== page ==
Federal employees would be allowed to phase into retirement if a provision approved (82-16) by the Senate last week became law. Under an amendment to the surface transportation bill (S.1813) a federal employee would be able to continue to work part-time, while being partially retired. A final Senate vote on the bill could occur in the next few days, after which it will move to the House.
The Senate’s phased retirement provision is similar to a legislative proposal included in the president’s FY2013 budget request (for the Office of Personnel Management) to allow “federal employees to transition into retirement.” The administration originally proposed a phased retirement plan in the “Federal Hiring Modernization Act of 2010.” However, Congress did not take final action on that proposal.
Under “phased retirement” authority, federal employees approaching retirement would be able to continue working, while beginning retirement. Participants in the program would receive income from a combination of part-time salary and a reduced pension, while accruing future retirement benefits proportional to the time they work.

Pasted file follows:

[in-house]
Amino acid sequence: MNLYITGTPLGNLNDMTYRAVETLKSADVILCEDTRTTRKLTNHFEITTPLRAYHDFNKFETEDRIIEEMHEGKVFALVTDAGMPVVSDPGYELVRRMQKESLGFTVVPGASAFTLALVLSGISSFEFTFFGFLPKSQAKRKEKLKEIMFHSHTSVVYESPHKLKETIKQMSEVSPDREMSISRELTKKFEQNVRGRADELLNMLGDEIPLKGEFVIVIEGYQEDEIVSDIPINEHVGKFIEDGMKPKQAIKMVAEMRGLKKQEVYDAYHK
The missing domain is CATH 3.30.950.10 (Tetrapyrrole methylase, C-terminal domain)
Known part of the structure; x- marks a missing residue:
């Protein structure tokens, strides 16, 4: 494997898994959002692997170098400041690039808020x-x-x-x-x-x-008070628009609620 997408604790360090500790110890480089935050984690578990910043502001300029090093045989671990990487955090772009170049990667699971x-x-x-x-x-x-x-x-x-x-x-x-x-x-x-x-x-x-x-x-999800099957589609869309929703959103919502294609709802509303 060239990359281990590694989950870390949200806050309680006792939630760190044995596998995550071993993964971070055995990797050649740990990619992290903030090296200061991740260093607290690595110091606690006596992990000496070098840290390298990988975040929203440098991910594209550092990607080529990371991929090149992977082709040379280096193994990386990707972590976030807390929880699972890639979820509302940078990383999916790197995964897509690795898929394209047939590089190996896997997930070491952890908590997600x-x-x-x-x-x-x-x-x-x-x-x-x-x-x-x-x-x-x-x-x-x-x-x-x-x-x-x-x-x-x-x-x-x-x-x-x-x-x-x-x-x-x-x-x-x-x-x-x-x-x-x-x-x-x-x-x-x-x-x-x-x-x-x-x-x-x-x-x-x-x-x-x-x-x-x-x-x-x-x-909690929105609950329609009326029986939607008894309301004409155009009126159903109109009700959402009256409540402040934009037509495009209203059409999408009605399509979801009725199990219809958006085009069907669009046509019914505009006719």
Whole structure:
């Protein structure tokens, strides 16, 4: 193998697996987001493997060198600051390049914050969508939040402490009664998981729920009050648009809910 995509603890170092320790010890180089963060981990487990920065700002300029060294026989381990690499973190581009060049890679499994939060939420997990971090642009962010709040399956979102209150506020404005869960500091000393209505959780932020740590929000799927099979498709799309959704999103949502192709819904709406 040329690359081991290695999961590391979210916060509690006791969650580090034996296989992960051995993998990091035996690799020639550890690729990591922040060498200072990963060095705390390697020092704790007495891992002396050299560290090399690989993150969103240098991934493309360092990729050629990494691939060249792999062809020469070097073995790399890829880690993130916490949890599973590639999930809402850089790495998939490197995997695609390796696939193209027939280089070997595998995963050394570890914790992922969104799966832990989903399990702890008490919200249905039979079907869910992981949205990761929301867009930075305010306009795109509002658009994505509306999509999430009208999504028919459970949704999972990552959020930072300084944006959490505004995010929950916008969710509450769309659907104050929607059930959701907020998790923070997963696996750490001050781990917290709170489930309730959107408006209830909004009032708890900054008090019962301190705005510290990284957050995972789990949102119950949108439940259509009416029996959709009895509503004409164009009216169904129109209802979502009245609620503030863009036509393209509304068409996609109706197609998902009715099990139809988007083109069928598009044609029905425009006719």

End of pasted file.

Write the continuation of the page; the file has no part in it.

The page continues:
However, not all federal employees could elect to participant in phased retirement. The proposal excludes federal law enforcement officers, firefighters, nuclear courier couriers, air traffic controllers, and customs and border protection officers could not participate.
The administration sees reduced pension costs and retention of high-value, experienced employees as benefits to the government. As a condition of participation in this plan, part of the employee’s time would be spent mentoring other employees. This mentoring could ease the “brain drain” effect from the loss of experienced personnel due to a high rate of retirements over the next few years.
The Senate amendment, sponsored by Sen. Max Baucus (D-NM) and others, would save an estimated $465 billion. This amount would be used in the bill to pay for roads and economic development in rural areas. The use of this program to serve as a bill payer for other programs in the bill has stirred some criticism from supporters of a phased retirement program. These critics say the savings would be better used to prevent federal pension cuts or forego increased retirement contributions for federal workers.